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"Voetstoots" and the Consumer Protection Act (CPA)

Voetstoots upheld as seller ignorant
22 Nov 2011
(courtesy of Property24.com)

This makes very interesting reading:

With the Consumer Protection Act now making it even more essential that the seller of a home declare openly any defects of which he is aware, it has been said by some estate agents that the voetstoots clause is now becoming redundant:  the repair of almost any defect in the home discovered after the transfer of the property can, it has been said, now be claimed for.

The judge, after listening to the technical backup to this statement, accepted its validity – but he said the sellers and their agent being unaware of this, could not now be penalised on account of it – and, as the house had been sold voetstoots, the buyer had no claim on them.
Not so, says Anton du Plessis, CEO of the Cape Peninsula central southern suburb estate agency, Vineyard Estates.

Quoting a recent High Court case (Banda and Another vs van der Spuy and Another), du Plessis said this reinforced the voetstoots principle that, if the seller was not aware of the defect, he cannot after the sale be held responsible for it.

Du Plessis said in the case referred to the van der Spuys sold their home to a Mr Banda.  About one year prior to the sale, severe storms had damaged the roof and caused leaking. The insurer then paid for comprehensive repairs to be carried out and these were guaranteed for six months by the thatcher. The van der Spuys also informed Mr Banda of this and of the six month warranty.

Subsequently, heavy winter rains (the home is in Villiersdorp, Cape) fell and the roof again leaked, he said. At the subsequent trial Mr Banda produced a specialist witness with extensive thatching experience who testified that the problem arose from a latent defect. This was that the 26° to 35° pitch of the roof was not steep enough to make the thatch efficient.  It had to have a 45° pitch.

The judge, after listening to the technical backup to this statement, accepted its validity – but he said the sellers and their agent being unaware of this, could not now be penalised on account of it – and, as the house had been sold voetstoots, the buyer had no claim on them. The sellers had been aware of the defects and had them repaired and could therefore rightly consider themselves in the clear.

Du Plessis said that it had to be acknowledged that throughout SA legal history, sellers have “hidden behind” the voetstoots clause but in this case only an expert would have recognised the defect and the seller could not be blamed for it.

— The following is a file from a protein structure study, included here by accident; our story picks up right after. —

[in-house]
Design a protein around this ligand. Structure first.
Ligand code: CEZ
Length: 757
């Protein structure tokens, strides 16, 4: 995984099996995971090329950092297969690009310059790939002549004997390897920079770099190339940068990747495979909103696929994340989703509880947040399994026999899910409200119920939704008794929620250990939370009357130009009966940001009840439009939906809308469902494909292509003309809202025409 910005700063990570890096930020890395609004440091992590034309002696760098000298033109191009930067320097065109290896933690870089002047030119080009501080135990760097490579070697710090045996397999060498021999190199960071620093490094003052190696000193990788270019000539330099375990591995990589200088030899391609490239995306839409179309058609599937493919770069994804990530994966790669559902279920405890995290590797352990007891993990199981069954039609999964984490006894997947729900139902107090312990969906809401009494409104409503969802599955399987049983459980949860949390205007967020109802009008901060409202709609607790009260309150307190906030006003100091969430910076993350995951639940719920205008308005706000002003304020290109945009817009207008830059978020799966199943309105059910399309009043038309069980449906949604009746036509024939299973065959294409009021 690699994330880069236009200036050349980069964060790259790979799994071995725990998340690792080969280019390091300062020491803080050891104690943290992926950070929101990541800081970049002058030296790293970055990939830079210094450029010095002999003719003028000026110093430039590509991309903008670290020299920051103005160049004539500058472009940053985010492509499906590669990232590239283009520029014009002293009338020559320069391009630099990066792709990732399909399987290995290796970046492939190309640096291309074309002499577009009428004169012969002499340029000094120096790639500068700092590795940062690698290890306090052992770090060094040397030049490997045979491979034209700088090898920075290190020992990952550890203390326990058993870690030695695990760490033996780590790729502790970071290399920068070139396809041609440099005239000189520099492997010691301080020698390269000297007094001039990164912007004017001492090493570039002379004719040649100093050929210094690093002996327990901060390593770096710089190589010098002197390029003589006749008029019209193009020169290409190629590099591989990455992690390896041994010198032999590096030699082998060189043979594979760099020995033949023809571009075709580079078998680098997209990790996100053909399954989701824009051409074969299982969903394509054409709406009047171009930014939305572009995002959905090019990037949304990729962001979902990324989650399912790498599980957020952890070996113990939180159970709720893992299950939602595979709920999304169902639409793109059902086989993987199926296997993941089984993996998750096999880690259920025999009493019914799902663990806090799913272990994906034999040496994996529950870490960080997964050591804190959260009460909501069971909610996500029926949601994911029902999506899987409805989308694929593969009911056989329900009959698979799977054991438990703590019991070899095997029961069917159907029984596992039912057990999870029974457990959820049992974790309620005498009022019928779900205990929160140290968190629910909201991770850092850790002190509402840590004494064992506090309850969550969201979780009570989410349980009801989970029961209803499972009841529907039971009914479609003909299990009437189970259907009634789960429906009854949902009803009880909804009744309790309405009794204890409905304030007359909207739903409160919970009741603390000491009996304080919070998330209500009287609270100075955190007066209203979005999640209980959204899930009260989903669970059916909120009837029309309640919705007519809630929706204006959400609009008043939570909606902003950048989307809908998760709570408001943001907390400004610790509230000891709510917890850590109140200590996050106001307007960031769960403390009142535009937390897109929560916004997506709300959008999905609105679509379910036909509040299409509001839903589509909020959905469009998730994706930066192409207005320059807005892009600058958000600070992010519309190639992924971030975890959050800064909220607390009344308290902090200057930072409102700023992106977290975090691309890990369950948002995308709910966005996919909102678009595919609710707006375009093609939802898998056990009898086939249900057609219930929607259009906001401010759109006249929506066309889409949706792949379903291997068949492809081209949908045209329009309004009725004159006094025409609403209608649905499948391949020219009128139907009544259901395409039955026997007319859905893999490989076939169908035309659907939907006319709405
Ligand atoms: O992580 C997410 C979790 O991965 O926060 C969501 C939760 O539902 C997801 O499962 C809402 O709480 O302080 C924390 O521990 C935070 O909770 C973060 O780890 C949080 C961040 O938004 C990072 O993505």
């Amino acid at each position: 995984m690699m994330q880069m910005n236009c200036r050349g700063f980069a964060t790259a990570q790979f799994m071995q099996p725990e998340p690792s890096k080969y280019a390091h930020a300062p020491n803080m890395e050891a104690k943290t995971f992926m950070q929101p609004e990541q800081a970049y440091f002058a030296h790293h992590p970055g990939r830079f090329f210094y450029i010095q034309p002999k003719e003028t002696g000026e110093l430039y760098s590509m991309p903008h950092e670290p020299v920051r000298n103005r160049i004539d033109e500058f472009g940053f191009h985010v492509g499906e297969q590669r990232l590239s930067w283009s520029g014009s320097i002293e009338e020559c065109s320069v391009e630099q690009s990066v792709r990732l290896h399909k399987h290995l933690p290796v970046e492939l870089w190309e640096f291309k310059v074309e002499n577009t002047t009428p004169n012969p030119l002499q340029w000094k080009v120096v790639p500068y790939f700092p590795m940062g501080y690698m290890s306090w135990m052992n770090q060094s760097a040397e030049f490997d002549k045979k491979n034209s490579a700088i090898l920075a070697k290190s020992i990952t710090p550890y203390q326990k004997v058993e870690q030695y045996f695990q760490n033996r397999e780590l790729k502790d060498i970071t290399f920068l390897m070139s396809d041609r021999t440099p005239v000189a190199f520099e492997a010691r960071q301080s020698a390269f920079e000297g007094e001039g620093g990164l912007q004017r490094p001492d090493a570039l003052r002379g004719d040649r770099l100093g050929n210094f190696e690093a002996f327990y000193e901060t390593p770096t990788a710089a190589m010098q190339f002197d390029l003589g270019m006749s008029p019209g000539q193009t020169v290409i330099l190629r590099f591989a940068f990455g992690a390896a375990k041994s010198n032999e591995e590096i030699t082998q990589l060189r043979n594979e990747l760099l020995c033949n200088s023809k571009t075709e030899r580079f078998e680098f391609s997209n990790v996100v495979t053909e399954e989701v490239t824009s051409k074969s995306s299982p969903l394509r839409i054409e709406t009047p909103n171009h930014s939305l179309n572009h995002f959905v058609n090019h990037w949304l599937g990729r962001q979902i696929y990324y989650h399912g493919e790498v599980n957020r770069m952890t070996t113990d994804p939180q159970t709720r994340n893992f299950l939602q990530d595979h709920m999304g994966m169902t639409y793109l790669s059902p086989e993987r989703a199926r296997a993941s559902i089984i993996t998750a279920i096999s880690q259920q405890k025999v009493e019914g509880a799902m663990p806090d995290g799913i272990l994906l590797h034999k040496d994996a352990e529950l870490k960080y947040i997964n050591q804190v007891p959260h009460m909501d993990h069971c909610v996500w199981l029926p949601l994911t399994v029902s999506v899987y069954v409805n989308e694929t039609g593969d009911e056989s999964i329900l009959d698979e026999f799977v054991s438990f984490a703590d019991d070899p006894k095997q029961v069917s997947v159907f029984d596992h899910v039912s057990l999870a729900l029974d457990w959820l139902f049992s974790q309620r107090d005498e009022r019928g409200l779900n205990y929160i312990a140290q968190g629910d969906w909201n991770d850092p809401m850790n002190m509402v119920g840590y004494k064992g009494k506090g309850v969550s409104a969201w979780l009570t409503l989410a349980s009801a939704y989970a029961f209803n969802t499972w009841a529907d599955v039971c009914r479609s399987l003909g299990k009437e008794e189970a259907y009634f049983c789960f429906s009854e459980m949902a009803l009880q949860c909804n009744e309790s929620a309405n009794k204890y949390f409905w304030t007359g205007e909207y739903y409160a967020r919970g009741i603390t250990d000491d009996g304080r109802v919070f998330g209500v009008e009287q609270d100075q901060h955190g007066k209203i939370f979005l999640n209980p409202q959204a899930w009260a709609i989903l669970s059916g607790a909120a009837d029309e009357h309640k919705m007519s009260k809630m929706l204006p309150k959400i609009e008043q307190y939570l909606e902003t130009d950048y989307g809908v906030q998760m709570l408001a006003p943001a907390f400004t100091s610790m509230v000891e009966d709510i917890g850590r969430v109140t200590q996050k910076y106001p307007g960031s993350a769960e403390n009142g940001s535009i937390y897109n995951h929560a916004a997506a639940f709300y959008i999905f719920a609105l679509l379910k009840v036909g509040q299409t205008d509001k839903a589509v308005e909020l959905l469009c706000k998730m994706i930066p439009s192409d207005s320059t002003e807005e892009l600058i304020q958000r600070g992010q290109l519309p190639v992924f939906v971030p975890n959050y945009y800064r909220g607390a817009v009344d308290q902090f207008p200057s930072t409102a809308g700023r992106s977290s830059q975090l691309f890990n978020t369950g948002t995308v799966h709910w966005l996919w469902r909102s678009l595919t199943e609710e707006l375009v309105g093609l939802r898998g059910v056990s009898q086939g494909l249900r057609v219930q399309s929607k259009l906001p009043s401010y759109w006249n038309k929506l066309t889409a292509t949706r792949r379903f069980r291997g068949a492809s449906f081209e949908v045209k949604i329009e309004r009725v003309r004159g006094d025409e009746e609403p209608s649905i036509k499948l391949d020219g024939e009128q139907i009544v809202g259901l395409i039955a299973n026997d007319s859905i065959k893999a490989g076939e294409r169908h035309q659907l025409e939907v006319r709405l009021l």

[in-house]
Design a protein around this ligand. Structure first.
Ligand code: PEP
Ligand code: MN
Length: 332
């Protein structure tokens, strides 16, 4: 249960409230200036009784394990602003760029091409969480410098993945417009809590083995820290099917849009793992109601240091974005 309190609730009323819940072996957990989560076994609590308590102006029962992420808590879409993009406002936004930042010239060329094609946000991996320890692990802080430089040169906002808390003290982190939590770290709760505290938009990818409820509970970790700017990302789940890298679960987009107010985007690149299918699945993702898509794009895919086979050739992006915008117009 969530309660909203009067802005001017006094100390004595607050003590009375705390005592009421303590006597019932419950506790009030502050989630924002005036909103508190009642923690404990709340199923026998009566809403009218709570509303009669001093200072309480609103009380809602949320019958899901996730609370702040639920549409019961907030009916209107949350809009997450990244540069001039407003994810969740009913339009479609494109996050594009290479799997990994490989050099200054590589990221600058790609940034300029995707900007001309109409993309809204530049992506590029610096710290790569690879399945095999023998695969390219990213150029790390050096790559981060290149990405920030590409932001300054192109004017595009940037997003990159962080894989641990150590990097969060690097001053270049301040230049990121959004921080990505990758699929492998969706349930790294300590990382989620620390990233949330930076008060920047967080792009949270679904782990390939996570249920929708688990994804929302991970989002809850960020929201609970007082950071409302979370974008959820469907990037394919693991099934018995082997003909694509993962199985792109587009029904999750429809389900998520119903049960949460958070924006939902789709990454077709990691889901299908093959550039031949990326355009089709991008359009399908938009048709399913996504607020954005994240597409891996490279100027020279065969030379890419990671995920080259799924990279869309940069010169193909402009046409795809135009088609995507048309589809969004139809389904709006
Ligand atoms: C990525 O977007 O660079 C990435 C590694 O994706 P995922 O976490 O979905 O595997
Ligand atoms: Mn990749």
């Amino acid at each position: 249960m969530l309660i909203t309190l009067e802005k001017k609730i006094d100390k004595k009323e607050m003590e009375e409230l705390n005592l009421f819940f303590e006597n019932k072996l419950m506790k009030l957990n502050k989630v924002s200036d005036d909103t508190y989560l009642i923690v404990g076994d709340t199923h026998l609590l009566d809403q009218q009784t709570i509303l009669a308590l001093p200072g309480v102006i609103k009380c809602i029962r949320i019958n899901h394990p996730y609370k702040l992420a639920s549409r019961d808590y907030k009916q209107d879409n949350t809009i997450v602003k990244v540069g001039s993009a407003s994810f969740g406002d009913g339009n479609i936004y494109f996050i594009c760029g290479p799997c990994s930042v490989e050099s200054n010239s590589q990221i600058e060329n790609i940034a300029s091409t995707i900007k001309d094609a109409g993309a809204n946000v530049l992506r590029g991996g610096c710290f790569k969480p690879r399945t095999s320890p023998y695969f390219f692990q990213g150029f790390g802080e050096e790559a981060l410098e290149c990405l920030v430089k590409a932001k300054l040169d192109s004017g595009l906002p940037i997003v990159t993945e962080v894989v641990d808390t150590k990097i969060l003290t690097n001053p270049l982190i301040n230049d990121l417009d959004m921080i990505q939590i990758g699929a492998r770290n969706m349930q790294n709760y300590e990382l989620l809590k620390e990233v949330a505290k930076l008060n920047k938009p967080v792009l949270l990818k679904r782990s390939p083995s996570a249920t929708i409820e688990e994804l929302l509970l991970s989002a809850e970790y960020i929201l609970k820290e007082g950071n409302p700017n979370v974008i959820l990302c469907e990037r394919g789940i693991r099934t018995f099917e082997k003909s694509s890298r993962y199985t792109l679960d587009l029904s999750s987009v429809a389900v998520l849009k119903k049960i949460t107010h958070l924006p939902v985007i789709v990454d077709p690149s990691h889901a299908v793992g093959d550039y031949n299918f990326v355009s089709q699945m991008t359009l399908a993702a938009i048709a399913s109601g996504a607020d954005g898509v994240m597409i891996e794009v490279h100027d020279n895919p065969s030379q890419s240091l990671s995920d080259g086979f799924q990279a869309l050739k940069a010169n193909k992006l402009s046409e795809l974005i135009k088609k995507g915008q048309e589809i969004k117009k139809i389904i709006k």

The voetstoots clause, therefore, could be enforced.

“What is interesting is that I would guess that a significant percentage of thatched roofs in South Africa (perhaps 15%) do not have 45° roofs but most get away with it because they are not in high rainfall areas,” said du Plessis.

He added that house buyers looking at thatched homes should check the pitch and sellers from now on are advised to warn buyers in advance if the pitch is possibly inadequate.

Trudie Broekmann, a director of Gunstons Attorneys in Tokai, added that if the house was sold subsequent to the CPA becoming effective on 31stMarch 2011, the estate agent might well have been regarded by the court as a supplier of the property and would have been liable for the defect.  Agents, she said, will not, like sellers, be protected by the voetstoots clause.

Readers' Comments :
Surely Trudie Broekman is wrong in her assertion? The estate agent is an intermediary by definition and intermediaries are excluded from the provisions of the CPA where the business of such intermediary is regulated by other legislation (see s1 of the Act), as is the case with agents being regulated in terms of the Estate Agency Affairs Act. The agent can never be the supplier, as he/she does not take ownership of the immovable property to be sold and therefore does not enjoy the entitlement to alienate such property.

Only the owner can do that. Hence, the agent cannot be a supplier, only an intermediary in the transaction. The cited case is the first of what will probably be a slew of test litigation regarding the application of the CPA to second-hand property sales. It is important to read the Act as a whole, but agents and sellers may well rely on the provisions of s55(6)(a) and (b) to escape liability for defects that are known to and declared by the seller and agent. In my opinion, s55(6) entrenches the voetstoots clause in an agreement of sale of second-hand property, so long as all known defects are declared by the seller and agent respectively. - Kevin

Yet again we hear about the CPA, where it is totally irrelevant.  The CPA can only apply to the Services provided by the Estate Agent in this case, the Seller is a private individual and therefore the CPA would have absolutely nothing to do with it, so why start the article with reference to the CPA? - Tony

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